Upon finding out that I was writing “Epic Fantasy,” earlier in the week, a friend asked me if it would have orcs in it. This is an understandable shorthand. There is a lot of baggage when it comes to epic fantasy. And while the Ravensgate books will not actually have orcs in it, it’s still in many ways that kind of fantasy. But it’s a bit more complicated than that.
How do you describe an epic fantasy without using shorthand? “It’s like Lord of the Rings meets Game of Thrones with a dash of Cthulhu?” See, it says a lot, but doesn’t really tell you anything. Not the least of which, it doesn’t establish whether there are orcs or not. Again, no orcs. But I do have much worse. Like flocks of carnivorous birds and some truly unsettling undead.
I decided the best way to give an peek behind the scenes was to break it all down into three easily digestible pieces. I’ll be doing one a week, looking at various aspects of the Ravensgate novel Death Like Cold Water. Those aspects are place, religion, and people–all of which factor heavily into why I’m excited to be writing this novel.
Today, an overview of the continent of Zel Hazaj and the rival cultures that call it home.
Bisected roughly west-to-east by a massive mountain range, a high plateau, and a menacing jungle valley bordered by cliffs to the north and south and ocean to the east, Zel Hazaj is a place of contrasts.
Fertile green fields and woods of the north comprise the Vale Lands: a largely feudal society of 144 counties ruled by noble families. Each family also selects someone to represent them in the Council of Thorns in Cambria, the administrative capital of the Vale. Beneath the rolling hills, the long-lived fae known as the Doonda Sidhe sleep and plot, waiting to take their lands back from the hands of man.
The south is dominated by deserts, rugged hills, and temperate coastlines. Known as the Caliphate of Dust, it is ruled over by a single bloodline from the power of the Peacock Throne in Ansur su-Kalinde on the western edge of the country. The largest, and oldest, city on Zel Hazaj is Anwat al-Masewi, a sprawling port in the south named after the God of Oceans who destroyed the city originally built there. Chancellors appointed by the Caliph oversee individual cities and regions,
Separating the two countries are three factors. In the east, the valley kingdom of Yerba Kolo, rendered impassible by rivers, dense jungles, lost cities choked with serpent men, fearsome giant lizards, and a warrior queen who guards her secrets, and land, with ferocity. In the center of Zel Hazaj you will find the Khal Plateau, named for the nomadic tribes of warriors who resisted a thousand years of human interference and are the only group hardy enough to live in the wind-scoured heights comfortably. To the west, there is a single pass in the high mountains, at the top of which sits Ravensgate: a border city built on the shores of a giant, dead lake and protected by the undead forces of the necromancers of Ravensgate College.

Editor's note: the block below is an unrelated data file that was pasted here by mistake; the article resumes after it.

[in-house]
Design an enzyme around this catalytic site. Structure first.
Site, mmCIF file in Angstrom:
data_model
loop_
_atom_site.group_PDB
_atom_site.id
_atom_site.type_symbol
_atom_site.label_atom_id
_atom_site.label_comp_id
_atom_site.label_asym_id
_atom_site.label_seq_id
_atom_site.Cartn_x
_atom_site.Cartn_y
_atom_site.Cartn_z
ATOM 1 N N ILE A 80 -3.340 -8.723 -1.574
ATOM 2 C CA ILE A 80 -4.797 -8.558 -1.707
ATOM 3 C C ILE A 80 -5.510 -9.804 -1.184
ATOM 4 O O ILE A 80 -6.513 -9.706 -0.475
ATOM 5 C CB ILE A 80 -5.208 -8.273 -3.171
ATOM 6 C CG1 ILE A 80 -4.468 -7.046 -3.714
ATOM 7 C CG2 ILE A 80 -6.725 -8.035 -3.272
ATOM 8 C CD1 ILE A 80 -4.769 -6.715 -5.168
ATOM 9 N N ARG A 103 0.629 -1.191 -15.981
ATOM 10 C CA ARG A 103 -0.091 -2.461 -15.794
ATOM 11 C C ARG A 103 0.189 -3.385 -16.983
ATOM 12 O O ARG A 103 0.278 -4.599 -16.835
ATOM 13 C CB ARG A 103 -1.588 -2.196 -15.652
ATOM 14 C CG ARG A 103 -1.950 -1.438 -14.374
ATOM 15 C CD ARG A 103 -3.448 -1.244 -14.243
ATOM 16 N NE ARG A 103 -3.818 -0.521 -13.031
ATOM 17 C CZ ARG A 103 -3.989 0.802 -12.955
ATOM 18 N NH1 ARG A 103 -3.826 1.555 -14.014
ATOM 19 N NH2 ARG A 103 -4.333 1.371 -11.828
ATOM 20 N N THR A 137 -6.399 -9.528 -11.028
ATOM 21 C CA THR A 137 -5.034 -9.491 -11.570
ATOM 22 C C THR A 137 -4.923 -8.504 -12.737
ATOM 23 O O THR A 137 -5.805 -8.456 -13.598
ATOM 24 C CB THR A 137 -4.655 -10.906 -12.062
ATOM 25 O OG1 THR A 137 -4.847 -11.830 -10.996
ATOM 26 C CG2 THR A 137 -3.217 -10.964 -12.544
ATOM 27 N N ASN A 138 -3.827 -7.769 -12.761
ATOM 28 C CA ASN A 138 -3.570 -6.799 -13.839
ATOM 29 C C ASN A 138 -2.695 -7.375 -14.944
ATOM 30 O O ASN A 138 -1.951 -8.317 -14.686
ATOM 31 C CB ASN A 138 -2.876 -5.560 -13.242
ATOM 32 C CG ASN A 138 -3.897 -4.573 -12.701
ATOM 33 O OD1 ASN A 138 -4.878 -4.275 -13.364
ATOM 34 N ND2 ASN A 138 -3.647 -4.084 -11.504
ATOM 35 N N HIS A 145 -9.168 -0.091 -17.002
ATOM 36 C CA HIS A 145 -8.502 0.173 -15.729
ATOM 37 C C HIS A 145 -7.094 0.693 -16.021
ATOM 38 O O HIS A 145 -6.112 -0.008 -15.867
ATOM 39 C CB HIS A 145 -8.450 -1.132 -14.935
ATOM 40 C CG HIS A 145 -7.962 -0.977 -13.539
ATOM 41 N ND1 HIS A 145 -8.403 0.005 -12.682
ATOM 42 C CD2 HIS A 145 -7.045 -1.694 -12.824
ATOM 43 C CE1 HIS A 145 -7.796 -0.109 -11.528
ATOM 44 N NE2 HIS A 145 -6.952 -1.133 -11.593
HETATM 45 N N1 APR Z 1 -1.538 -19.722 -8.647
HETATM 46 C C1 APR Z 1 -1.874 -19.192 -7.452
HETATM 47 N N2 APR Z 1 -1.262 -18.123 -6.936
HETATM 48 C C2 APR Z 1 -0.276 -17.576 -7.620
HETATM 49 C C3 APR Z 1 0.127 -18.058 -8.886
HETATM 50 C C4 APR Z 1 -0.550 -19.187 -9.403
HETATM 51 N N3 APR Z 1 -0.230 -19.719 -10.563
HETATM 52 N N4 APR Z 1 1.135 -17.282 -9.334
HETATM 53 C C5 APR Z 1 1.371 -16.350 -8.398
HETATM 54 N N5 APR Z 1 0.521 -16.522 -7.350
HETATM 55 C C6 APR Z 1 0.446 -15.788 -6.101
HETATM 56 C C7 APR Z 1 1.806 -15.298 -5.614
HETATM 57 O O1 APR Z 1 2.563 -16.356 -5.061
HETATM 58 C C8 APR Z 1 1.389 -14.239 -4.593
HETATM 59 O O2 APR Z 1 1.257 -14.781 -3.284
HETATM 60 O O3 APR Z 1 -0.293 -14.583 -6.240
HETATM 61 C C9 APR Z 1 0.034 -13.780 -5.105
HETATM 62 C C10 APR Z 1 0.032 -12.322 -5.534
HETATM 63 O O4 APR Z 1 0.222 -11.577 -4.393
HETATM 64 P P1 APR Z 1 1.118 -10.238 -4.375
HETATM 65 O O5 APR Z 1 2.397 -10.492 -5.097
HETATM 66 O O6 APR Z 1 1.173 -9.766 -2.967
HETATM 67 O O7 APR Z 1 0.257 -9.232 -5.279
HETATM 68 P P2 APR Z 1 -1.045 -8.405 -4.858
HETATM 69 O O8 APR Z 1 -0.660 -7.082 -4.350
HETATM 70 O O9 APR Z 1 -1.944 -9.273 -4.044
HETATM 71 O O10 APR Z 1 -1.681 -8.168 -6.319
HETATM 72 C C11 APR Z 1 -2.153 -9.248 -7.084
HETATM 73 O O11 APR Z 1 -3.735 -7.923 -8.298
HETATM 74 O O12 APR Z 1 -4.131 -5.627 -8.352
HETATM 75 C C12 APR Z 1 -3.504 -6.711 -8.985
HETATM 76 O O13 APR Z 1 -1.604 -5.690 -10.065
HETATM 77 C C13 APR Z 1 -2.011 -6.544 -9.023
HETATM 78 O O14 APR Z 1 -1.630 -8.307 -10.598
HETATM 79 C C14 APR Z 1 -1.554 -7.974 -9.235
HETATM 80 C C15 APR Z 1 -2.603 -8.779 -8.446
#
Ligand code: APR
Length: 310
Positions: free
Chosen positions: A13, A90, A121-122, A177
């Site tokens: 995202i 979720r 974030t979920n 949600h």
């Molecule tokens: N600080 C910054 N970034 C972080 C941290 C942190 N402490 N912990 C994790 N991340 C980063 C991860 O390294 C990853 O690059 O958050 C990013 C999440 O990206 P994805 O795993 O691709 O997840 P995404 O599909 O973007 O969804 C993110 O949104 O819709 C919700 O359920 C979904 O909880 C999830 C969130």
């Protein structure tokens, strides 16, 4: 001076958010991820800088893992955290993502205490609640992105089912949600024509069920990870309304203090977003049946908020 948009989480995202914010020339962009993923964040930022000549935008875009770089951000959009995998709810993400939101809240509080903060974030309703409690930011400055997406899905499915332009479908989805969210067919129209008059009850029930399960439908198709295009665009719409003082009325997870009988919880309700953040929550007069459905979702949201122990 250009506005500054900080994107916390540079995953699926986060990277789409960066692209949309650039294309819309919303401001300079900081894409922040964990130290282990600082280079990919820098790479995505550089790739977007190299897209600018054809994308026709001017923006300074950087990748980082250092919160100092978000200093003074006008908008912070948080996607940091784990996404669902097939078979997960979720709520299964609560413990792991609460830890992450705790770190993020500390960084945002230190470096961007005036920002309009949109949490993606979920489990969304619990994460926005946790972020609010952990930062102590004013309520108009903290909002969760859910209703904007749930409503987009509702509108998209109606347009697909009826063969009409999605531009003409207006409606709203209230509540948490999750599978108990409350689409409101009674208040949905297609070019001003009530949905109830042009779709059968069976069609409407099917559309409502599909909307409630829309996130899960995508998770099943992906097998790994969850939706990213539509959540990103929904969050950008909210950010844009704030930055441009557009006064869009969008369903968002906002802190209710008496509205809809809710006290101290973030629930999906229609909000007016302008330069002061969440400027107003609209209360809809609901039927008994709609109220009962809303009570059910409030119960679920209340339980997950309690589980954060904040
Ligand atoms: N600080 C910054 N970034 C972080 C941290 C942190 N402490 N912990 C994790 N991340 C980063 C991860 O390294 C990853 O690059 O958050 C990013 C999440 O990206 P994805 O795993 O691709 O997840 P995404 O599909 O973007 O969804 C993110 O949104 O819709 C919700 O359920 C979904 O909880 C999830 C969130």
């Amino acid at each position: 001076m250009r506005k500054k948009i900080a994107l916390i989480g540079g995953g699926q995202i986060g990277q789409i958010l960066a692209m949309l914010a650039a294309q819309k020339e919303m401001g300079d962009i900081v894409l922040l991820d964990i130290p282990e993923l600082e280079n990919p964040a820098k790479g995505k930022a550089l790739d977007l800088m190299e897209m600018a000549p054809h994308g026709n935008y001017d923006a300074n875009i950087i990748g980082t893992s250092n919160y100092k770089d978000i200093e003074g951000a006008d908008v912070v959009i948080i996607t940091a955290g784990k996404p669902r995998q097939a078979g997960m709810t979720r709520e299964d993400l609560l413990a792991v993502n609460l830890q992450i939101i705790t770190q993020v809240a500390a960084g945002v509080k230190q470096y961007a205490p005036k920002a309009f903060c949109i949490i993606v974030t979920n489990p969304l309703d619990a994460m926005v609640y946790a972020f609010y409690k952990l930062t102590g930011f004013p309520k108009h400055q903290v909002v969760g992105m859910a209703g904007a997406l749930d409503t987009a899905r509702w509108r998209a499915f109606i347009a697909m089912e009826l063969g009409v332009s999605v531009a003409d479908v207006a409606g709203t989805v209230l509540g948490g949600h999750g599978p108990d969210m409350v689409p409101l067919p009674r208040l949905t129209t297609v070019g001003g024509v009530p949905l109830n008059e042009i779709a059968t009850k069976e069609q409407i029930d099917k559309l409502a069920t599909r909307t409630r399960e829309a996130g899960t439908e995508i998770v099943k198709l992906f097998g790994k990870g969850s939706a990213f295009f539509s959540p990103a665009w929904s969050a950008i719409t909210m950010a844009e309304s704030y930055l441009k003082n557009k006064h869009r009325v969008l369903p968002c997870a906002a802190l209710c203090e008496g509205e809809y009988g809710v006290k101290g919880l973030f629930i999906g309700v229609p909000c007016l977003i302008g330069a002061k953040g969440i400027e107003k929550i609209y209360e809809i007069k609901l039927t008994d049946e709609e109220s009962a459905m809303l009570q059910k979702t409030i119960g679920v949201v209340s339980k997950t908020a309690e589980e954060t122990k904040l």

Ravensgate itself is the focus of the novel, though much of the book happens outside of the city. It has the distinction of being the only real border town between two powerful cultures. Though the Vale and Caliphate have been at a tentative peace for decades, a cold war atmosphere has settled onto Ravensgate, making it a city of cross-culture influence and intrigue, as well as a center of learning, and a cold, claustrophobic necropolis on the fringes of the Vale Lands.
Ravensgate for me feels a bit like Vienna, the crossroads of the world. Add to that the horror element of skeletal soldiers on the walls, the bodies of those who die in the city recycled into components at Bonepicker Hall, and a vast, dead lake. It’s a city that I’ve wanted to work within for quite a while, which is strange in a way because it’s the last place in this world I really developed.
The Caliphate, specifically Anwat al-Masewi came first because I always wanted to see more fantasy in a desert setting. The Khal plateau was part of that section as well, with the Caliphate seeing the grasslands as an unofficial protectorate of the Peacock Throne. I developed Yerba Kolo next just because I wanted a jungle full of dinosaurs and stalwart knights riding flesh-eating lizards, and then the secrets of the nation slowly grew from there. I followed that with the complicated politics and intrigue of the Vale Lands. Ravensgate was a simple attempt to provide a good place for those cultures to meet, interact, and spark.
If the Caliphate was Arabian Nights, and Yerba Kolo was Robert E. Howard, with the Vale taking cues from Kushner’s “Swordspoint” and Martin’s “Game of Thrones,” then Ravensgate was another beast entirely. It was Graham Greene’s “The Third Man” with the undead. And what’s not to love about that?
That is until the return of an ancient, long-forgotten god threatens the balance of power, at which point Ravensgate is thrown into the center of attention.
Ah, but that’s a matter of religion, so we should save that for next week.
In the meantime, here’s some Portishead to set the mood for Ravensgate.